Five big themes to watch out for this year

February 20, 2020

Clippership Wharf, a 5-ha (12-acre), mixed-use complex by The Architectural Team (TAT) offers new waterfront developments, boosts resiliency, and enhances public access. Photo courtesy TAT[1]
Clippership Wharf, a 5-ha (12-acre), mixed-use complex by The Architectural Team (TAT) offers new waterfront developments, boosts resiliency, and enhances public access.
Photo courtesy TAT

Experts at The Architectural Team[2] (TAT) have announced five projects and trends that will impact U.S. cities this year.

These new and in-process works reveal the power of innovative design solutions to make communities more livable, exciting, and resilient, TAT said.

Here are the five themes that will play out this year and beyond:

1. Keeping neighborhoods accessible

The displacement of long-time residents has emerged as a major concern in growing cities.

“To keep neighborhoods affordable and accessible,” says Michael Binette, AIA, NCARB, TAT principal, “we are working with developers, nonprofits, and public officials to expand or redevelop existing affordable and workforce housing developments—adding more residential units while preserving affordability and dramatically enhancing livability.”

2. Adaptive reuse, prefab construction help address housing shortages

Faced with persistent housing shortages across the country, architects and developers are responding with solutions that demonstrate the continued value of adaptive reuse, and the benefits of new approaches including prefabricated and modular construction.

3. New residential and mixed-use opportunities transform urban cores

“With new air rights developments, hotel towers, and uniquely positioned residential properties, many urban cores are set for major transformations in 2020, as closely watched and long-awaited projects reach major milestones,” says Michael Liu, AIA, NCARB, a principal at TAT.

For example, Fenway Center will soon complete its first phase and its second phase is on track to kick off this year. TAT’s design for this 111,484-m2 (1.3 million-sf) air rights complex adds housing, office space, and retail uses while decking over a major highway and reconnecting three neighborhoods with new green space, public art, and pedestrian and transit connections.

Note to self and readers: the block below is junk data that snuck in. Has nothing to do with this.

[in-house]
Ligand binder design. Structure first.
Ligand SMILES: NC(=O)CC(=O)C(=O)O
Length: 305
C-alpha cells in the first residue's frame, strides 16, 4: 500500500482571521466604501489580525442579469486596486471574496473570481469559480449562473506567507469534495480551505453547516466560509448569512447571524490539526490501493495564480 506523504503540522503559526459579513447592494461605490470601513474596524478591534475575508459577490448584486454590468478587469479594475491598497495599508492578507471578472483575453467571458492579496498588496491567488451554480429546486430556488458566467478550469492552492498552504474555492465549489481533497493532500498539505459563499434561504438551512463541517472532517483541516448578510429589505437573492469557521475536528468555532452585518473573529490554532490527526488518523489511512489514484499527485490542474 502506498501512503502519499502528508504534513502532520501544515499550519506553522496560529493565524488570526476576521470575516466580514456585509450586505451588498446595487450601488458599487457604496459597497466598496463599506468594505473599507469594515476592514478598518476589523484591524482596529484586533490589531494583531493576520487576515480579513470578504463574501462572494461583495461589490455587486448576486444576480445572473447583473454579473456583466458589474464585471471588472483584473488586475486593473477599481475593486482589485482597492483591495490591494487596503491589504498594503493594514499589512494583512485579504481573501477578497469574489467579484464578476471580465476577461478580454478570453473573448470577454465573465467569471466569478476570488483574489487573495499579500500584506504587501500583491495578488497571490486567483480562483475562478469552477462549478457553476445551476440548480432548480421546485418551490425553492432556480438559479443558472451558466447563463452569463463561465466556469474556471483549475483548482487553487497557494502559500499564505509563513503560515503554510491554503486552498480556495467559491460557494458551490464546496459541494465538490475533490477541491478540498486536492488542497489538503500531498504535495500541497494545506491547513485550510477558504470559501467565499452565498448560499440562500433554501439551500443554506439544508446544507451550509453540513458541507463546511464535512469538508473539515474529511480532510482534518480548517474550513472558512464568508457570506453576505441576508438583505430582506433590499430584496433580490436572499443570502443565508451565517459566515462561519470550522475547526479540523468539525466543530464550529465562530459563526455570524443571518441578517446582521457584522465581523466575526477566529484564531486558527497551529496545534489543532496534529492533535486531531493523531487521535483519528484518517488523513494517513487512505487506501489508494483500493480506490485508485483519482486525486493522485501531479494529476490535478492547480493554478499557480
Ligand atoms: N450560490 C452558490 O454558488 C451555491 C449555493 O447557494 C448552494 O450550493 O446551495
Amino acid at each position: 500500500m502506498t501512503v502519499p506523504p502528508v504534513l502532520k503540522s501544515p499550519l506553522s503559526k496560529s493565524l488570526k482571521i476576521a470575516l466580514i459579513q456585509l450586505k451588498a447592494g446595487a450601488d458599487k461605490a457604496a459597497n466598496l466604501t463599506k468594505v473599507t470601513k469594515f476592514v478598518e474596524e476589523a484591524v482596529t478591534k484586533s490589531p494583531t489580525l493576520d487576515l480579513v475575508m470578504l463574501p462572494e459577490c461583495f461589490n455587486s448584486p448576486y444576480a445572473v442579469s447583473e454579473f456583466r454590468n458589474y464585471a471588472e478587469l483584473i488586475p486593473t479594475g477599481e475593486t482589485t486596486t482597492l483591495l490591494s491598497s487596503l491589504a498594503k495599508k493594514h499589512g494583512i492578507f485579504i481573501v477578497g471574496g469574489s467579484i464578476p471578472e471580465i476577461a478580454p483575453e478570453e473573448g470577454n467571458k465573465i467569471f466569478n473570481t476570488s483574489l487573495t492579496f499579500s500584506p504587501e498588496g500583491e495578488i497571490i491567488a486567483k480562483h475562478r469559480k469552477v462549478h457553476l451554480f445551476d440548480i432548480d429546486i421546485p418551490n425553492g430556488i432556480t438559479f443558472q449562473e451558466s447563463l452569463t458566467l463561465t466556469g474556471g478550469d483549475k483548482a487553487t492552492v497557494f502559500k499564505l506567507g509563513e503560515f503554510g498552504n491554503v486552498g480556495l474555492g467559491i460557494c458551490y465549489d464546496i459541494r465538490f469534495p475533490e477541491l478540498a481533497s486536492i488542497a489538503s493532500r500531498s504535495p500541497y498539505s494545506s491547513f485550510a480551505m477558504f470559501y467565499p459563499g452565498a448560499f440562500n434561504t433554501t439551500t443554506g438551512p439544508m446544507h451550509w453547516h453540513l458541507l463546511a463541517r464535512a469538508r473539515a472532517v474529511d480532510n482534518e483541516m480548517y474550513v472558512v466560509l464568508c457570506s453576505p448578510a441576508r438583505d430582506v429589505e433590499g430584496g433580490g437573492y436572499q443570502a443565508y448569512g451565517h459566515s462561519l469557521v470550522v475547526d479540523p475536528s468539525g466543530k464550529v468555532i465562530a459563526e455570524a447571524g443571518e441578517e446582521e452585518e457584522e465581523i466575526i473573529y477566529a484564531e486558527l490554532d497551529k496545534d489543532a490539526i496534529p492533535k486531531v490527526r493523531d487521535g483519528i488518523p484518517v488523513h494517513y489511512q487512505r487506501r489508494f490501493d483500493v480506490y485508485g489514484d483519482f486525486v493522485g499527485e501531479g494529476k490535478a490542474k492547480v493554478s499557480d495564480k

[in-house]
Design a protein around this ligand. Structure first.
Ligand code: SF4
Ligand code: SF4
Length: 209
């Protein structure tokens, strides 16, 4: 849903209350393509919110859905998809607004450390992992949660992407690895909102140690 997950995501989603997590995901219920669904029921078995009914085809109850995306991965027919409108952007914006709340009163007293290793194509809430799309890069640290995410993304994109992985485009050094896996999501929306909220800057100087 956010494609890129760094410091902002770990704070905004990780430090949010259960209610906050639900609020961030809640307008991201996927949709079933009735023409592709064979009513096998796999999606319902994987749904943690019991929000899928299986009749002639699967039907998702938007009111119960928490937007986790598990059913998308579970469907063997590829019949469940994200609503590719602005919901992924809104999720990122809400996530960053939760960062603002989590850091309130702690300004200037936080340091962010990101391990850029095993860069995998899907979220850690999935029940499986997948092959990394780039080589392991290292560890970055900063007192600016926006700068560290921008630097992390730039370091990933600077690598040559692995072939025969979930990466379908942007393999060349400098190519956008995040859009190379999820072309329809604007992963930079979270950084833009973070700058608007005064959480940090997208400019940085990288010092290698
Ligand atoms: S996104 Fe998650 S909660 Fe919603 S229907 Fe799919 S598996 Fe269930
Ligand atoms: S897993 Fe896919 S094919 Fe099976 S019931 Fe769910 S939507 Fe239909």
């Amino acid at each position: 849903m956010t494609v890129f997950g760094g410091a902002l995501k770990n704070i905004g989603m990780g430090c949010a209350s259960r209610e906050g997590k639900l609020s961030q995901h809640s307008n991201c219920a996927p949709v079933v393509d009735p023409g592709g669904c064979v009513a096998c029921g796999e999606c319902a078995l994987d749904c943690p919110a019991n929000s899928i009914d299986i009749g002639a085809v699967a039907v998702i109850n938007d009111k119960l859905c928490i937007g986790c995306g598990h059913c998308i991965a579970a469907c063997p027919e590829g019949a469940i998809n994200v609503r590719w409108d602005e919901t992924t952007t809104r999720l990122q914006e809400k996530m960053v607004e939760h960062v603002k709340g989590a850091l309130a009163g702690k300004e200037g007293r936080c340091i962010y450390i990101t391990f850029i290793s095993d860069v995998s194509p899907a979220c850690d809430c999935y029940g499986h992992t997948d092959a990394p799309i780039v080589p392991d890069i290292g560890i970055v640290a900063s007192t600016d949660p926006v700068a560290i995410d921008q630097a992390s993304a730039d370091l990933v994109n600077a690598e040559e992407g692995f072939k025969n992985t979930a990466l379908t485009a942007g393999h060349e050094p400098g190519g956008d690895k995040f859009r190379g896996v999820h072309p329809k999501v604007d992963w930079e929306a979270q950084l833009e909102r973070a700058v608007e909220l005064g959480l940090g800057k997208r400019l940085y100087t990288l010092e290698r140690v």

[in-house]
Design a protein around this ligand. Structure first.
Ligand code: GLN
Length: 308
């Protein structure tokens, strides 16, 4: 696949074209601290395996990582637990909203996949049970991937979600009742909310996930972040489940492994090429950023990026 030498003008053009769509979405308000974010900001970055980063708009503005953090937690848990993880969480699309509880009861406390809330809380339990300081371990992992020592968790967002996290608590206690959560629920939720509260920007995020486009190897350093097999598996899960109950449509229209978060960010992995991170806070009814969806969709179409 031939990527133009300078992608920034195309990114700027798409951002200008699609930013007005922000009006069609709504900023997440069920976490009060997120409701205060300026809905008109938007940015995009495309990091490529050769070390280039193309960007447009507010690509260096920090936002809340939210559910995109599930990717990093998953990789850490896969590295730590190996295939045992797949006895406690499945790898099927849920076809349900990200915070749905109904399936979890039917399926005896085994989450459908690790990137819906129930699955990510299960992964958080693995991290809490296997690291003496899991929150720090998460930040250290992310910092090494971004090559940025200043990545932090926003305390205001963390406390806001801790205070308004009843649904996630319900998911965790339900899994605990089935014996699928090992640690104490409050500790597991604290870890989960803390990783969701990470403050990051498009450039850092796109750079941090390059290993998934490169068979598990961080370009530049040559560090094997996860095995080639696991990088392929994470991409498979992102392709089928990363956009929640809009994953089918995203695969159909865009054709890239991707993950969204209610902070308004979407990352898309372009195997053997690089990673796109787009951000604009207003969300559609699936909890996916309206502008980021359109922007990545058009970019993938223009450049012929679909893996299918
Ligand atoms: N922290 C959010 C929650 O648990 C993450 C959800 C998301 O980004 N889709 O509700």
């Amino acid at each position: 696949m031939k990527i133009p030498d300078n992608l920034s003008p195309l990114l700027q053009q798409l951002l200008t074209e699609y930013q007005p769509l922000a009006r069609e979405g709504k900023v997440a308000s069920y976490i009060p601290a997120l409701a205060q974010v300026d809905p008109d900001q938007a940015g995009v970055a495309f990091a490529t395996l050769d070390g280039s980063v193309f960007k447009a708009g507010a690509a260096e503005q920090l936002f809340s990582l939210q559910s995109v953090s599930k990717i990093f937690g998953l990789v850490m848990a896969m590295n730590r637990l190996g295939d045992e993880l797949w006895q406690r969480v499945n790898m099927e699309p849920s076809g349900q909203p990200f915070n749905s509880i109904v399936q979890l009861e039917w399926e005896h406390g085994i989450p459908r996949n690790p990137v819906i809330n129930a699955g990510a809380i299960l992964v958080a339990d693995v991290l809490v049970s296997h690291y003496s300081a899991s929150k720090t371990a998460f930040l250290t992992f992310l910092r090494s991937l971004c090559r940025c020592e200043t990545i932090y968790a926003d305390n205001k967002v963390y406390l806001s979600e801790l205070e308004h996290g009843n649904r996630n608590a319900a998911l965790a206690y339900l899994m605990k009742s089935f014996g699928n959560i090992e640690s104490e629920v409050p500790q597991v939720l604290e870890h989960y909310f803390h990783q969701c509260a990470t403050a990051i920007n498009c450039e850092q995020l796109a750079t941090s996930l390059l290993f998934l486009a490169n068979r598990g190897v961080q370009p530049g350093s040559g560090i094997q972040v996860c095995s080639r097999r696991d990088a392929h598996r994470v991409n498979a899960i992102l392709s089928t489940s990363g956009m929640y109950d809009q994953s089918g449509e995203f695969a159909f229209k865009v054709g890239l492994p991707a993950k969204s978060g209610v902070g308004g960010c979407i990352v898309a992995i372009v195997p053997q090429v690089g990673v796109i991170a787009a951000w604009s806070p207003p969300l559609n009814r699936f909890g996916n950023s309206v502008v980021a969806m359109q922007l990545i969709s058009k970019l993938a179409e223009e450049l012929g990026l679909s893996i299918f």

4. Smaller cities poised for resurgence

Some smaller cities are on the upswing, for example Sibley Square in Rochester, New York, is a TAT-designed conversion of a 92,903-m2 (1 million-sf) former downtown department store turned into housing, a community marketplace, and high-tech workplace environments. A major indoor market is set to open within the phased project this year.

Other smaller gateway cities like Worcester, Massachusetts, are on the rise too, thanks to projects like Courthouse Lofts, TAT’s conversion of the historic Worcester County Courthouse into 117 units of housing. Nearing completion, the property also holds a first-in-the-nation museum celebrating local icon and pioneering African-American cyclist Major Taylor.

5. New waterfront developments boost resiliency, enhance public access

Increasingly vulnerable, flood-prone urban waterfronts remain desirable sites for new residential and mixed-use development. Design teams are taking a holistic approach to these projects, employing hard and soft resolutions to shoreline design, strategic landscaping, and elevated public use areas.

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  2. The Architectural Team:

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